The US annual inflation rate was 8.2% in September – this is higher than the expected 8.1%.
The consumer price index rose 0.4%.
The U.S. annual inflation rate came in at 8.2 percent in September, down from 8.3 percent in August, according to the latest data from the Bureau of Labor Statistics. This was higher than the market expectation of 8.1 percent.
Core inflation, which strips the volatile food and energy sectors, advanced to a 6.6 percent annual rate, a new four-decade high. This was up from 6.3 percent in August and higher than the market forecast of 6.5 percent.
On a monthly basis, the consumer price index (CPI) rose 0.4 percent, while the core CPI surged 0.6 percent.
As Americans’ cost of living increases, Social Security has to keep up.
Social Security announced an 8.7% cost of living adjustment for retirees – this is the highest in 40 years.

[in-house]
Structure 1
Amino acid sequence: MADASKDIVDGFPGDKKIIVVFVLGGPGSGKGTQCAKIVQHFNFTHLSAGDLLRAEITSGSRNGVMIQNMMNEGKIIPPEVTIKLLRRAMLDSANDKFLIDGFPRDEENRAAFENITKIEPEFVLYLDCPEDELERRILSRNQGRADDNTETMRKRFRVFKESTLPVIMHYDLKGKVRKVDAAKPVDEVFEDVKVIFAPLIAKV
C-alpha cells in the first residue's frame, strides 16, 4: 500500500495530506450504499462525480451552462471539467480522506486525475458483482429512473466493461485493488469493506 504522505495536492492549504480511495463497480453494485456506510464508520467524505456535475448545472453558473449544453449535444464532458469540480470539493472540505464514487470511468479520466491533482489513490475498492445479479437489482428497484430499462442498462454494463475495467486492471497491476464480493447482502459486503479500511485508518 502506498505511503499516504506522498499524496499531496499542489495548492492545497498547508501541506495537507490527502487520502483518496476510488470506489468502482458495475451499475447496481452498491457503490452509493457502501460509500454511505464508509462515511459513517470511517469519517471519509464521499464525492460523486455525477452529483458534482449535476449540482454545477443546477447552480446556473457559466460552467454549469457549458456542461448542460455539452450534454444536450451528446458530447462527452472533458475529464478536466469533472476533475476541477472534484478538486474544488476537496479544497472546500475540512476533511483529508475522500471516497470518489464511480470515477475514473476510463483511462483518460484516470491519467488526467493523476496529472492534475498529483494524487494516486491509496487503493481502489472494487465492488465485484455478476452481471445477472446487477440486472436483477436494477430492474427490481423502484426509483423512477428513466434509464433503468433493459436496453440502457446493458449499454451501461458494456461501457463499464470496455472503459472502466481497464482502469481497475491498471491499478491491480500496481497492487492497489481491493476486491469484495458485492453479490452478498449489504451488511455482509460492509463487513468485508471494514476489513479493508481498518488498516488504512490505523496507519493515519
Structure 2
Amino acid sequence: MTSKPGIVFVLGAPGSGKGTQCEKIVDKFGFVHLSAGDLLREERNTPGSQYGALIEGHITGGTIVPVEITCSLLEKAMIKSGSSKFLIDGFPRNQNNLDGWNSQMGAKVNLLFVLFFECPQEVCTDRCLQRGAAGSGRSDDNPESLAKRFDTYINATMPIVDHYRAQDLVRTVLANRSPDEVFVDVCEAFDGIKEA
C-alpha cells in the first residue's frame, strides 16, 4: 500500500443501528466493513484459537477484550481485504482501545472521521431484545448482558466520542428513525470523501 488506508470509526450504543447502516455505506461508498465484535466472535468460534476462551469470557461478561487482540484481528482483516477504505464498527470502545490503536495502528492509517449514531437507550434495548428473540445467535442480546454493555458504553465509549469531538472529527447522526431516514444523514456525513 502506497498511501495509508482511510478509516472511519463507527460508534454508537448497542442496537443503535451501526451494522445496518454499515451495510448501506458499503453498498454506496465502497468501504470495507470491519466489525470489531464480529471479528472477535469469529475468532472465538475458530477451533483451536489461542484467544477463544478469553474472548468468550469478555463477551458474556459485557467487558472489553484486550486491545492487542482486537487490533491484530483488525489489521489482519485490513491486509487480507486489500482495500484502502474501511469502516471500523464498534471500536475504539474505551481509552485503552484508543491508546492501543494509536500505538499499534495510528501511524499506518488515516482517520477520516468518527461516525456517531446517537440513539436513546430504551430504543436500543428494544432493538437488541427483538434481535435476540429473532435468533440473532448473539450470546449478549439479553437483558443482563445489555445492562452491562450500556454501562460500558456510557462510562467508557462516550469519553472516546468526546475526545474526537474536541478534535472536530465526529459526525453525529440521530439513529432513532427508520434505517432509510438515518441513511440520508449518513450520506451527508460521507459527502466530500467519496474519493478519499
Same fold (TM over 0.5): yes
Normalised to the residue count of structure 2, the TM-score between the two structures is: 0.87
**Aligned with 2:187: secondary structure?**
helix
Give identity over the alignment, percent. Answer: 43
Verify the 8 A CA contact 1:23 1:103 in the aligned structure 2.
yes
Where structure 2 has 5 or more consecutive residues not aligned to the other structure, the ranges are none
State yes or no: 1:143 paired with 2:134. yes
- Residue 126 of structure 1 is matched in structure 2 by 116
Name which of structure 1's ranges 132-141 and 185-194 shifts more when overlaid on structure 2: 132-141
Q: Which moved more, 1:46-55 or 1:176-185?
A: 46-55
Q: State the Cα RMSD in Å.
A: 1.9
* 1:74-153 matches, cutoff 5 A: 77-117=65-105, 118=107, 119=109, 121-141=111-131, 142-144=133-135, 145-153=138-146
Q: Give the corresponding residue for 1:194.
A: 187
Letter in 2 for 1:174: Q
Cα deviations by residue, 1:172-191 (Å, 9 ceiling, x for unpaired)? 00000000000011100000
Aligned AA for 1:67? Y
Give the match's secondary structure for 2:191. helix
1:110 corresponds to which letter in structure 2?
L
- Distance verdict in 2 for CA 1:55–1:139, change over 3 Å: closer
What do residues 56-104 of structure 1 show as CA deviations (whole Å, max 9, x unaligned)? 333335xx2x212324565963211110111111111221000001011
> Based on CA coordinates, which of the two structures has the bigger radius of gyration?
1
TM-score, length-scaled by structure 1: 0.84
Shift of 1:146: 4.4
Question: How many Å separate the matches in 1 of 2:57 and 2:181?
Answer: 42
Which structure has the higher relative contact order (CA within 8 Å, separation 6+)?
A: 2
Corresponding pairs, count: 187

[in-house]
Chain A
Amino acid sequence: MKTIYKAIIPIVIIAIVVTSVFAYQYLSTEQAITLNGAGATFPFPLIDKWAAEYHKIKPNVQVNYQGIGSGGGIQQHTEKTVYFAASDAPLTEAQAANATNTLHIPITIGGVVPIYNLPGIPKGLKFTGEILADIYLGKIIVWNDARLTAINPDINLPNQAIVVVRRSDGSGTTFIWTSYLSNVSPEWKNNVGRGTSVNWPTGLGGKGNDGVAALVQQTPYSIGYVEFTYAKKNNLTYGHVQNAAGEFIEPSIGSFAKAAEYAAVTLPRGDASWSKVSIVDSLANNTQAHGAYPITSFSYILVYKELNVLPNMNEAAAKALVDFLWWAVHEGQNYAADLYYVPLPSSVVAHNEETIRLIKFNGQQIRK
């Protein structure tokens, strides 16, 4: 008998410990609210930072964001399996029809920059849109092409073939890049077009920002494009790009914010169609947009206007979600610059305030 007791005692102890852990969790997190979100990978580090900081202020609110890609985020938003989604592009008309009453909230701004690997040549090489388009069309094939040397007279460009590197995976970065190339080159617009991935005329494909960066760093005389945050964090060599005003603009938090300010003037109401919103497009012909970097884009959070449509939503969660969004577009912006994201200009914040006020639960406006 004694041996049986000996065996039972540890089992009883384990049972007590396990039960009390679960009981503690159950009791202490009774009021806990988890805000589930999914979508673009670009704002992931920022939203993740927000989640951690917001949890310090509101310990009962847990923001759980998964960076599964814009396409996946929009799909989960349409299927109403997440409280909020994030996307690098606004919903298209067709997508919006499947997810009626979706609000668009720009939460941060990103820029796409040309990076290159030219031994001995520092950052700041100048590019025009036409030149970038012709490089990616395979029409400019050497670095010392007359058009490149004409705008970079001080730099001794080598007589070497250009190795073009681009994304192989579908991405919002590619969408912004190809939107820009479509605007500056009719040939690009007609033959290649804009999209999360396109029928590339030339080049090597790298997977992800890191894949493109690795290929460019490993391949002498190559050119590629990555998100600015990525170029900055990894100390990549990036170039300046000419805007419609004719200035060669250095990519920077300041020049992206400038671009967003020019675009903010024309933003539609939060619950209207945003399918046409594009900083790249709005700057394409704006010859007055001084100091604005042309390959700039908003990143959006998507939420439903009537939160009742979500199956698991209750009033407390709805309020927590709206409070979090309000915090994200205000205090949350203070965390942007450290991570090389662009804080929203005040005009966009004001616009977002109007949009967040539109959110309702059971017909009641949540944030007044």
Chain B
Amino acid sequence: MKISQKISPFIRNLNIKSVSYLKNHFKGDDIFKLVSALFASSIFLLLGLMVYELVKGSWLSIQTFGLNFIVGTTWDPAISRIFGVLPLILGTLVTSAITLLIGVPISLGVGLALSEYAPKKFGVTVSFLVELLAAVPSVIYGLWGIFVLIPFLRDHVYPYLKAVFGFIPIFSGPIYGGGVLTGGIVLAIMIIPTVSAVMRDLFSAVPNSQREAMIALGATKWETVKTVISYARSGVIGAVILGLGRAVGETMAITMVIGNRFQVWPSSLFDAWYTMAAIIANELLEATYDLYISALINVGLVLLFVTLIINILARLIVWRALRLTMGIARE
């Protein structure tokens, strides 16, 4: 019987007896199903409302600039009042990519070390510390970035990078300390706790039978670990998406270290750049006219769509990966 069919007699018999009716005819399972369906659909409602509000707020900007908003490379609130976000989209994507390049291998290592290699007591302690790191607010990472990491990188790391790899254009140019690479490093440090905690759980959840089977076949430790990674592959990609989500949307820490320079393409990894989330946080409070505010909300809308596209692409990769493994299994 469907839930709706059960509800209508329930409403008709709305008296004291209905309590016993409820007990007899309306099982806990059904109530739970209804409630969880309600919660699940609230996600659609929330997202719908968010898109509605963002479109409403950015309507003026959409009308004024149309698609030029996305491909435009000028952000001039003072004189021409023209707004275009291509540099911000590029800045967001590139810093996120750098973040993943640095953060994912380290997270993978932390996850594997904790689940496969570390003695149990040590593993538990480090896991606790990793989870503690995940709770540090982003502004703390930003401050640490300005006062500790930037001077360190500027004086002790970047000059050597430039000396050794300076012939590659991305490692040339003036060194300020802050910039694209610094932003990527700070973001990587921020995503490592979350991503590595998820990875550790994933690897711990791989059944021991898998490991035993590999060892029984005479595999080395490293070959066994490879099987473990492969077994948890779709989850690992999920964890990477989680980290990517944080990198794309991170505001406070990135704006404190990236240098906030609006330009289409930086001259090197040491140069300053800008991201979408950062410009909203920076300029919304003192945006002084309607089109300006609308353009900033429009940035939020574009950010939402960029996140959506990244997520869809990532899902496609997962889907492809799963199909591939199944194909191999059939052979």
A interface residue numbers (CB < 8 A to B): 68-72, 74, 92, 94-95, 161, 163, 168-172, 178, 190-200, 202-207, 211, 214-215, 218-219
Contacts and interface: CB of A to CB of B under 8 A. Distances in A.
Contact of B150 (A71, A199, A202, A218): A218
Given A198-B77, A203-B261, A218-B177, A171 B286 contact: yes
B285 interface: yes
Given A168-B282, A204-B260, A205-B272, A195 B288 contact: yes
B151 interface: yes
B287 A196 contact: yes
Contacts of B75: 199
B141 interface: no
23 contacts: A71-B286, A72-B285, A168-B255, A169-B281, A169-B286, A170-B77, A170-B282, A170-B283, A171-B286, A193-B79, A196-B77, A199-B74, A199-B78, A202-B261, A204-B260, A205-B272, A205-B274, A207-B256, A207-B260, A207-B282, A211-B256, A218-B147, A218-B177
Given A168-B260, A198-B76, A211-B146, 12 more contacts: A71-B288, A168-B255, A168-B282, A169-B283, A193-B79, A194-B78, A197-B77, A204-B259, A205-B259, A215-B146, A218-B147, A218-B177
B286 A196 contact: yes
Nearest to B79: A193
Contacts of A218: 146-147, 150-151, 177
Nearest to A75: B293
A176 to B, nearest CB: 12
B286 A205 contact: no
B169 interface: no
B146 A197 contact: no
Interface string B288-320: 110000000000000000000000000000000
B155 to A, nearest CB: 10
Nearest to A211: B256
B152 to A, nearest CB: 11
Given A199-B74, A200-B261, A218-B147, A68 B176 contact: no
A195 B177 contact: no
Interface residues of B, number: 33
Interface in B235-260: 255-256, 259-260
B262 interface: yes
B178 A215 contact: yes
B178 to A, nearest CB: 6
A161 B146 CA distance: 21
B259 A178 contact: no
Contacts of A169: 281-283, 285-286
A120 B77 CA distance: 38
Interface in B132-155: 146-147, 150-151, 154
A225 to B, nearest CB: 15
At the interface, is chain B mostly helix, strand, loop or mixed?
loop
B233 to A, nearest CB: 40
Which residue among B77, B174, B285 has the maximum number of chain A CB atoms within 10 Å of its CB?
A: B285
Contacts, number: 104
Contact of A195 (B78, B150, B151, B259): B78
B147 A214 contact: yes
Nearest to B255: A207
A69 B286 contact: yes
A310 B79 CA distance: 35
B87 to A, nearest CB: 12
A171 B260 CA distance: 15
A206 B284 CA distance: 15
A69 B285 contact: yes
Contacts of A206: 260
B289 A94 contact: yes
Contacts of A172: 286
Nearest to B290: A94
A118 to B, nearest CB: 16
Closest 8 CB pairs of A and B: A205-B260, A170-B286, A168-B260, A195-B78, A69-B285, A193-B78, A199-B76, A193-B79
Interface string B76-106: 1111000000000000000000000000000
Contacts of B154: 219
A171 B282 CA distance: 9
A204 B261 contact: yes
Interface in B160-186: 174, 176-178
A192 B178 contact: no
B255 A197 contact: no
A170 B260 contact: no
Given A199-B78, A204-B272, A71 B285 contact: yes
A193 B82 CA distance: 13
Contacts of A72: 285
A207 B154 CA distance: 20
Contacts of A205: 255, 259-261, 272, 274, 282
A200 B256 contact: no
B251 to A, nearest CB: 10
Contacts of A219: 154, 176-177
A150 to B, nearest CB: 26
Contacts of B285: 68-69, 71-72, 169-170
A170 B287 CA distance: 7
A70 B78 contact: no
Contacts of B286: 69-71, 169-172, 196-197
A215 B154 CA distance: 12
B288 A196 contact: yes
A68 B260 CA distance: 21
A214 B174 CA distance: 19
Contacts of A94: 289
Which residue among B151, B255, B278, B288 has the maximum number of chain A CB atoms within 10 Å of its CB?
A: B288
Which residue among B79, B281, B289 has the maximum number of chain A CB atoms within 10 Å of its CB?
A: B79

The increase is based on the latest government inflation figures.
The adjustment will be applied in January.
Social Security on Thursday announced an 8.7 percent cost of living adjustment for retirees, the largest inflation adjustment to benefits in four decades — a welcome development for millions of older Americans struggling to keep up with fast-rising living costs.
The cost-of-living adjustment for 2023, which will be applied to benefits in January, is based on the latest government inflation figures. The final COLA, as the adjustment is known, was released after the Labor Department announced the Consumer Price Index for September, which came in at 8.2 percent. Medicare enrollees can anticipate some additional good news: The standard Part B premium, which is typically deducted from Social Security benefits, will decline next year.
The COLA, one of Social Security’s most valuable features, will give a significant boost to about 70 million Americans next year. While retirement comes to mind when most people think about Social Security, the program plays a much broader role in providing economic security.
This is Brandon’s economy.